The next morning when I went to pick her up, it was hard to watch my boy hold his dog. He buried his face in her little neck and hugged her goodbye, and I just about burst into tears. He would have smirked at me, but not Gracie. I am happy that he trusts me, his Mom, enough to take her home and love her, as well as he does. He ran through all over her food needs (“She needs more fiber, Mom”); he handed me the tiny nail clippers he’d gotten for her. She settled into her bed on the front passenger seat, and as we drove away, she watched out the window, excited for a car trip.
Gracie didn’t like flying. She wasn’t happy in the little carrier I got to put under the seat in front of me. She could still stand up; she’s that small, but she didn’t like it. When we arrived back in our small town, she skipped across the parking lot to our car, thrilled to be out of the carrier. She jumped up and excitedly watched out the window for the twenty minute ride home. When she got out in our garage, she paused; she sniffed for a second and then ran to her favorite place to go “potty” just outside and did her business, then ran to the kitchen door. When I through it open, Luke was there with his big-dog-exuberant welcome home: leaping and happy to see me. He paused for a minute when he saw that Gracie was back, and then he wagged his tail and licked her. I let them out the door and they spent fifteen minutes chasing each other in giddy circles around the yard.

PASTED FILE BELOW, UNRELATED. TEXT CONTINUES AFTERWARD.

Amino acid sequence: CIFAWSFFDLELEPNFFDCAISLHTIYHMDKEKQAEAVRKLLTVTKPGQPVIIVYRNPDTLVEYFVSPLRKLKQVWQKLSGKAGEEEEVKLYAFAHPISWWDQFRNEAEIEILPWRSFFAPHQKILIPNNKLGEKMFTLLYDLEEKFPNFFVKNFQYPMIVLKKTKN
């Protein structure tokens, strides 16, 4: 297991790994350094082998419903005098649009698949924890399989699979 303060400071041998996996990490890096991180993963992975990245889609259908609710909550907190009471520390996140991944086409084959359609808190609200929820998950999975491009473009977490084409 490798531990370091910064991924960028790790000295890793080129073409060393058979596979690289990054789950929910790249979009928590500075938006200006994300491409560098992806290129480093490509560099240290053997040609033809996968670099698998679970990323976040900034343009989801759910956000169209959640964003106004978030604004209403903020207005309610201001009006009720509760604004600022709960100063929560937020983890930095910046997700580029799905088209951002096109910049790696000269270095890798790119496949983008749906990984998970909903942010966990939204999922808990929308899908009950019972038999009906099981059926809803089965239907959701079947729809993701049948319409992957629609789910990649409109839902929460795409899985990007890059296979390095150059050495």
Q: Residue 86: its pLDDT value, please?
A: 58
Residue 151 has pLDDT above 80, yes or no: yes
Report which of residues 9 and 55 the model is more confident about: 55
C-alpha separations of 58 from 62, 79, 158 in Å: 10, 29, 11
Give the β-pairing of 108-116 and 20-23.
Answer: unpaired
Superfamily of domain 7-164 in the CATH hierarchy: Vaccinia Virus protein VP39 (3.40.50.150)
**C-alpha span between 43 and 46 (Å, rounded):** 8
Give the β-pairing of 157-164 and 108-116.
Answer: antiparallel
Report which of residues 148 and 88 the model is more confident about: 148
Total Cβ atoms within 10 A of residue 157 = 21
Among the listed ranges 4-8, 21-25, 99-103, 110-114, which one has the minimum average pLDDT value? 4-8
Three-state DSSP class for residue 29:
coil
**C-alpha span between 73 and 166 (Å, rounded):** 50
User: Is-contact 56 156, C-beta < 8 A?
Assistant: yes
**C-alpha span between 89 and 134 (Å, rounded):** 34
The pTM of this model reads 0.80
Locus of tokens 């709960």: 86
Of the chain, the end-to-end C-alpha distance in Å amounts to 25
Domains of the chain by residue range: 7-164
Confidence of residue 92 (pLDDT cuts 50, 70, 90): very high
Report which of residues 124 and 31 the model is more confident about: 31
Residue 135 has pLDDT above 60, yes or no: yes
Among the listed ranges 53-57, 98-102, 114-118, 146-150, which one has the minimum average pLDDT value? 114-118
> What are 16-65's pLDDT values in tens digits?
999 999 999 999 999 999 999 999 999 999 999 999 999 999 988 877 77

Even Luke is happy to have Gracie back. She has surrendered his bed to him and he has offered it to her. She brings her toy to me first thing in the morning, and he sits beside me as I pat his back and she chases her toy. We are all in the falling in love stage with Gracie, but it’s clear that she has enough love for all of us.